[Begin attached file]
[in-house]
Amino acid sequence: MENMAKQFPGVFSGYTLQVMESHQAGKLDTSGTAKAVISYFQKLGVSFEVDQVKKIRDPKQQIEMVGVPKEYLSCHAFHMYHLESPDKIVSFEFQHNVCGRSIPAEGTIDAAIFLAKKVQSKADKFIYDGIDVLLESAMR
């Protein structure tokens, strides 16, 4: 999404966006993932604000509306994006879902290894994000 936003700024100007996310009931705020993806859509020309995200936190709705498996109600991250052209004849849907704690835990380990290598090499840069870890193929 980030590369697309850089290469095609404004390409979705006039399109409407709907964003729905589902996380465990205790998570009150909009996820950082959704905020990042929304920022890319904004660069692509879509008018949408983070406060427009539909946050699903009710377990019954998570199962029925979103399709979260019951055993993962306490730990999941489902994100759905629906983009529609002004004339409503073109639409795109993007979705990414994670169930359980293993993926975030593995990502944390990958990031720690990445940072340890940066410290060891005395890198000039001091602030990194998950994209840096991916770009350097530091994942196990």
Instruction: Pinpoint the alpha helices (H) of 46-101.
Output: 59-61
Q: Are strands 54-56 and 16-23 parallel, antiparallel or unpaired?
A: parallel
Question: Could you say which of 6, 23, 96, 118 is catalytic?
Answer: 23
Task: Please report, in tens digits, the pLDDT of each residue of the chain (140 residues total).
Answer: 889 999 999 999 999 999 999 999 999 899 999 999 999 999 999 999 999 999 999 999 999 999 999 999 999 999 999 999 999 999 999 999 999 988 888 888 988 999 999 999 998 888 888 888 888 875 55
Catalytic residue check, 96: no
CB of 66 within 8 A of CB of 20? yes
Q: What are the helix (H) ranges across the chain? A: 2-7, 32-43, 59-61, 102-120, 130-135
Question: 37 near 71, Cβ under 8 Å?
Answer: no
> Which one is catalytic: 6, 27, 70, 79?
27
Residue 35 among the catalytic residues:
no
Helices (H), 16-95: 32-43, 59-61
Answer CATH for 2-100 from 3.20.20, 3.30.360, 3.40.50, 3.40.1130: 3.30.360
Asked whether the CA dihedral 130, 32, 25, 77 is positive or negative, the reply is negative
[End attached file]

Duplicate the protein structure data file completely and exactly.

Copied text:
[in-house]
Amino acid sequence: MENMAKQFPGVFSGYTLQVMESHQAGKLDTSGTAKAVISYFQKLGVSFEVDQVKKIRDPKQQIEMVGVPKEYLSCHAFHMYHLESPDKIVSFEFQHNVCGRSIPAEGTIDAAIFLAKKVQSKADKFIYDGIDVLLESAMR
């Protein structure tokens, strides 16, 4: 999404966006993932604000509306994006879902290894994000 936003700024100007996310009931705020993806859509020309995200936190709705498996109600991250052209004849849907704690835990380990290598090499840069870890193929 980030590369697309850089290469095609404004390409979705006039399109409407709907964003729905589902996380465990205790998570009150909009996820950082959704905020990042929304920022890319904004660069692509879509008018949408983070406060427009539909946050699903009710377990019954998570199962029925979103399709979260019951055993993962306490730990999941489902994100759905629906983009529609002004004339409503073109639409795109993007979705990414994670169930359980293993993926975030593995990502944390990958990031720690990445940072340890940066410290060891005395890198000039001091602030990194998950994209840096991916770009350097530091994942196990």
Instruction: Pinpoint the alpha helices (H) of 46-101.
Output: 59-61
Q: Are strands 54-56 and 16-23 parallel, antiparallel or unpaired?
A: parallel
Question: Could you say which of 6, 23, 96, 118 is catalytic?
Answer: 23
Task: Please report, in tens digits, the pLDDT of each residue of the chain (140 residues total).
Answer: 889 999 999 999 999 999 999 999 999 899 999 999 999 999 999 999 999 999 999 999 999 999 999 999 999 999 999 999 999 999 999 999 999 988 888 888 988 999 999 999 998 888 888 888 888 875 55
Catalytic residue check, 96: no
CB of 66 within 8 A of CB of 20? yes
Q: What are the helix (H) ranges across the chain? A: 2-7, 32-43, 59-61, 102-120, 130-135
Question: 37 near 71, Cβ under 8 Å?
Answer: no
> Which one is catalytic: 6, 27, 70, 79?
27
Residue 35 among the catalytic residues:
no
Helices (H), 16-95: 32-43, 59-61
Answer CATH for 2-100 from 3.20.20, 3.30.360, 3.40.50, 3.40.1130: 3.30.360
Asked whether the CA dihedral 130, 32, 25, 77 is positive or negative, the reply is negative